McAvoy Layne: Grammar R Us

As a reader of Pine Nuts might attest, we have never been a student of grammar. Grammar is why we left Jolly Old England in the first place to create a grammar of our own. And if punctuation was not one of the grievances against King George listed in the Declaration of Independence, well, it should have been.

An English professor once wrote the words, “Woman without her man is nothing” on the blackboard and directed her students to punctuate it…
 The men wrote: “Woman, without her man, is nothing.”
 The women wrote: “Woman: Without her, man is nothing.”

That’s why we have the all-important editors that we have. I never fear that our editor will know the difference between, “knowing your s—,” and “knowing you’re s—.” Truth be known, sometimes I don’t know the difference.
 When it comes to malaprops, nobody did it better than Yogi Berra. I remember reading Yogi’s comment, “Even Napoleon had his Watergate.” I wish I coulda known him.

Half-truths? Let us not forget George Burns, “Acting is about sincerity. If you can fake that you’ve got it made.”

The king of non sequiturs might be Satchel Paige. “I don’t know how old I am because the family goat ate the bible that had my birth certificate in it, but the goat lived to be twenty-seven.”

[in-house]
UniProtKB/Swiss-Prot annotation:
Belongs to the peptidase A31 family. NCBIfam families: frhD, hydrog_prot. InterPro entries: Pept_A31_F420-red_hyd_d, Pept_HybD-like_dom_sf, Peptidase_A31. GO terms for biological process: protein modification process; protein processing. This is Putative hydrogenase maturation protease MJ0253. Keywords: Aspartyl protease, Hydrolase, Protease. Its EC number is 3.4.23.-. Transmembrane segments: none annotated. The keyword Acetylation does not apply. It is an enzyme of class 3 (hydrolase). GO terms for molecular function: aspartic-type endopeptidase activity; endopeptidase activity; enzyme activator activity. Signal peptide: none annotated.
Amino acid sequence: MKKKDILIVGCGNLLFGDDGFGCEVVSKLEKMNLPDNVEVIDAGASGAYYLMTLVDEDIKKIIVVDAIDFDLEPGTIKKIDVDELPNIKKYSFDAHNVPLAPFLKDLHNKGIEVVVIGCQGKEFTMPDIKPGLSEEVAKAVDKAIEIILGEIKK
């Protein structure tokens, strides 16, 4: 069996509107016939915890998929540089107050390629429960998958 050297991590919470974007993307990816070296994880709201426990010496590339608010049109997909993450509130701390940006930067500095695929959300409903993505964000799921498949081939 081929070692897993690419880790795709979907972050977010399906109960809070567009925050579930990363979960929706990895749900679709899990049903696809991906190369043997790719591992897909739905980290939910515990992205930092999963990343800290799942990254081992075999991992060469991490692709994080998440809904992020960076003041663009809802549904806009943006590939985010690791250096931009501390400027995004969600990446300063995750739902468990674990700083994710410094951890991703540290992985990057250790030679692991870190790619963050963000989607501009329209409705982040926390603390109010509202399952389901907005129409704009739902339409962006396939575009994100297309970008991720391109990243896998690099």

George Carlin gave us the seven words we cannot say on TV, and added at no extra cost, “When you’re born into this world you’re given a ticket to the freak show. If you’re born in America you’re given a front-row seat.”

For all-out cheek, Oscar Wilde might have the honors, as he posited from his deathbed, “My wallpaper and I are fighting a duel to the death. One of us has got to go.”

Innuendo? I would not have wanted to be complimented by Christopher Hitchens. “He is unusually incurious, abnormally unintelligent, amazingly inarticulate, fantastically uncultured, extraordinarily uneducated, and apparently quite proud of all these things.”

And too, there are half-truths. As Garrison Keillor reminds us, “He was cool enough to hold up a liquor store with a potato in his hand.”

Double entendres? The Dalai Lama was asked what surprised him most…

“Man. Because he sacrifices his health in order to make money. Then he sacrifices money to recuperate his health. And then he is so anxious about the future that he does not enjoy the present; the result being that he does not live in the present or the future; he lives as if he is never going to die, and then dies having never really lived.”

Lastly, as to grammar and cats, we will leave the last word to our constant companion, Mark Twain. “Ignorant people think it’s the noise which fighting cats make that is so aggravating, but it ain’t so; it’s the sickening grammar they use.”

And we know how Mark Twain loved his cats. His favorite he named, “Sourmash.”

Learn more about McAvoy Layne at

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